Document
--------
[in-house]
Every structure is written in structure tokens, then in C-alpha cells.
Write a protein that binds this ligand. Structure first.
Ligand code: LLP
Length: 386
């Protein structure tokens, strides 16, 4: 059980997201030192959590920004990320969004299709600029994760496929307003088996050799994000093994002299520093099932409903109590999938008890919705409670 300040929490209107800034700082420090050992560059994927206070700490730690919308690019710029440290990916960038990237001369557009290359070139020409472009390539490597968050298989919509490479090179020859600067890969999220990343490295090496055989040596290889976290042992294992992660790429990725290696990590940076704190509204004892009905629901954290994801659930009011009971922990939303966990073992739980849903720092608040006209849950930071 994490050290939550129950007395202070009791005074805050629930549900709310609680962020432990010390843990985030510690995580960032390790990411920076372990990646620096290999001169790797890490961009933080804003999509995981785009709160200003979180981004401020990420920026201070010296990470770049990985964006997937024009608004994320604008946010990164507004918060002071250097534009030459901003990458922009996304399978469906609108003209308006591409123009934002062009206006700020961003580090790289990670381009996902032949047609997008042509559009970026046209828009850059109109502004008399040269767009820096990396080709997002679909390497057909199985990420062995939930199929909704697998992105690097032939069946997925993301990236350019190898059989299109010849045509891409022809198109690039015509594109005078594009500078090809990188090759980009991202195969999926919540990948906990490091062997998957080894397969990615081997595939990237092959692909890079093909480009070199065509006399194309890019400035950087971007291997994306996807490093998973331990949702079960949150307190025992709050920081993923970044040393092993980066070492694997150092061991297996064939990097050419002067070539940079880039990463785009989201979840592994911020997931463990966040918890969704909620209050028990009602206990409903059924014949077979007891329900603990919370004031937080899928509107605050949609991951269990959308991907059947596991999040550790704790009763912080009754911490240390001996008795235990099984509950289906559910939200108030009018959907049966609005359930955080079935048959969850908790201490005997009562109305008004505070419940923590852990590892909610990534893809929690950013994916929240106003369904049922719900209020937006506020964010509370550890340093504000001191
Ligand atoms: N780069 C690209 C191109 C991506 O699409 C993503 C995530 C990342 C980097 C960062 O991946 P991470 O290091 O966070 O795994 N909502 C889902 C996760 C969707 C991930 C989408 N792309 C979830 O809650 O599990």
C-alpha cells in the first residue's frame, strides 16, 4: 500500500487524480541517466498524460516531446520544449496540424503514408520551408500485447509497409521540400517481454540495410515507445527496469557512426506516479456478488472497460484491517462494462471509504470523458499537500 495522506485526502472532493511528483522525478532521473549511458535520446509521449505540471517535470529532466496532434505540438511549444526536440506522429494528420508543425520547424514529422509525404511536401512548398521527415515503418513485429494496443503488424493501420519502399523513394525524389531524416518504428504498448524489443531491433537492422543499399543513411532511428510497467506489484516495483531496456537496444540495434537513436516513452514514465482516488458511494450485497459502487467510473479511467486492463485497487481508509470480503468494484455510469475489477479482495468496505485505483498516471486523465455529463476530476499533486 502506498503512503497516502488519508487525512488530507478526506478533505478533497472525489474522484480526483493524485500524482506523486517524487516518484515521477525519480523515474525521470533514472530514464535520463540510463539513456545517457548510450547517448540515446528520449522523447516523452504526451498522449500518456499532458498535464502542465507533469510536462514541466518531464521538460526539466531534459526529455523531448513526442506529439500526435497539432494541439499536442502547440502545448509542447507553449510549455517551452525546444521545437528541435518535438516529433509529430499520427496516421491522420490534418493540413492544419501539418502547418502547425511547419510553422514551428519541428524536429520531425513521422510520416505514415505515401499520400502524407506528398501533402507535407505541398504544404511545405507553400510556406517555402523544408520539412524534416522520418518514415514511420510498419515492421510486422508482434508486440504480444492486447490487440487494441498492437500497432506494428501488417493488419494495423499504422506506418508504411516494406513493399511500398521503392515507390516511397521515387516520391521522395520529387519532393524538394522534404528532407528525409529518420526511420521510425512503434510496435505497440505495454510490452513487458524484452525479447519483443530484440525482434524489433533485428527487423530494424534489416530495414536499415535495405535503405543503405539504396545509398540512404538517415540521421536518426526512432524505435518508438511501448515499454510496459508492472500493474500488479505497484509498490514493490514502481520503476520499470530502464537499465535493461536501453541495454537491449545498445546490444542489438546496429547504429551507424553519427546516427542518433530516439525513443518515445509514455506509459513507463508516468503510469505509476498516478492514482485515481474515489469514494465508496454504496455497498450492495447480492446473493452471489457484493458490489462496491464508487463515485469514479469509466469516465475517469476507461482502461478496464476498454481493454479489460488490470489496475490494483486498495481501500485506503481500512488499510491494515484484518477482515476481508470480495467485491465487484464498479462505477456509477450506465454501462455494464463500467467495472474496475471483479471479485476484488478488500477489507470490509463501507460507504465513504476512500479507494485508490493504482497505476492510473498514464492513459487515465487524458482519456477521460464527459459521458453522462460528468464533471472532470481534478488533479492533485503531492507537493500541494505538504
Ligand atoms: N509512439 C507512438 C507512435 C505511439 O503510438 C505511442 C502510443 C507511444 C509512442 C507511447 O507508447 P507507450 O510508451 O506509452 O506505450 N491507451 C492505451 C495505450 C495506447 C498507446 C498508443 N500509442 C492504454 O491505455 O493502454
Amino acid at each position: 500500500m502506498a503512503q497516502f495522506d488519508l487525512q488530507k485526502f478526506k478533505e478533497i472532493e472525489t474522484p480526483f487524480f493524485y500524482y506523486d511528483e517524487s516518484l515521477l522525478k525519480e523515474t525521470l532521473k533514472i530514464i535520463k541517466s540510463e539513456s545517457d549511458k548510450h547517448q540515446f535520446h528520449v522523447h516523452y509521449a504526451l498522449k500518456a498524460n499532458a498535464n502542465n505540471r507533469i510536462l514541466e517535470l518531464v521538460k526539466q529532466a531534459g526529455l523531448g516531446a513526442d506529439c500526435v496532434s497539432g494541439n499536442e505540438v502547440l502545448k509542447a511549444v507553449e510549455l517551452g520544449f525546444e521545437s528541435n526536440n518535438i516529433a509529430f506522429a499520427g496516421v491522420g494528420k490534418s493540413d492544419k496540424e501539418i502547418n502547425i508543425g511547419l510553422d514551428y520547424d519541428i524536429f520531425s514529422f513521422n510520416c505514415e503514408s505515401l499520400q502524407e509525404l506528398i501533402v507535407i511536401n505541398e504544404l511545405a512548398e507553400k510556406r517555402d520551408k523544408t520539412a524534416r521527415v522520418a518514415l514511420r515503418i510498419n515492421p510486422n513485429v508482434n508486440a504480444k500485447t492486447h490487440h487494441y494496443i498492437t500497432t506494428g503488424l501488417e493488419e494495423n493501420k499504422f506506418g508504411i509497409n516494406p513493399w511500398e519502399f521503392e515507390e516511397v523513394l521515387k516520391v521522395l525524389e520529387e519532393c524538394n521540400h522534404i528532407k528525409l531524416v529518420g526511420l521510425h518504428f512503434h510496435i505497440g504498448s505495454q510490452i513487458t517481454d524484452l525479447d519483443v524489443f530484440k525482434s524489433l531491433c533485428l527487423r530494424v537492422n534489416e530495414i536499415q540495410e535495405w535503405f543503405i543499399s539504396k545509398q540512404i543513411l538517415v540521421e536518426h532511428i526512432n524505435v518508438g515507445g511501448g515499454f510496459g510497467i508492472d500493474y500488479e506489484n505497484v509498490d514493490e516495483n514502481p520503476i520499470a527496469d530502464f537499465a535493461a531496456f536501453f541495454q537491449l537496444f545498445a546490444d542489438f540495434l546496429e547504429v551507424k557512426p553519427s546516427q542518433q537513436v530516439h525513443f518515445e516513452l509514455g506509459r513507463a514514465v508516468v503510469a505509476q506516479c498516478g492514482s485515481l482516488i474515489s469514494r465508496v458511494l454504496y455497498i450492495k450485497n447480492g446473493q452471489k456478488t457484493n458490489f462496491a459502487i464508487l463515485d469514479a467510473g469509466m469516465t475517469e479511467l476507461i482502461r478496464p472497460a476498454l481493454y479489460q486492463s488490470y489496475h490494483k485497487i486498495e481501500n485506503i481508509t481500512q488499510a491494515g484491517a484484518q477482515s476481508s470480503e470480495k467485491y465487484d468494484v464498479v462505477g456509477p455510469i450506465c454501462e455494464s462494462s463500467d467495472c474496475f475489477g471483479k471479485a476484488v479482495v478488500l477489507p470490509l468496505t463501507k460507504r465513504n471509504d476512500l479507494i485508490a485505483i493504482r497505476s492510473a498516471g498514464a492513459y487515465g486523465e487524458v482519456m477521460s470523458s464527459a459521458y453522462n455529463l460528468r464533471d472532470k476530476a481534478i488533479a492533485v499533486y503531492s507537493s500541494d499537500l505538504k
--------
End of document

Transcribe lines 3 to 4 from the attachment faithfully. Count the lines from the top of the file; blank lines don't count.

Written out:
Write a protein that binds this ligand. Structure first.
Ligand code: LLP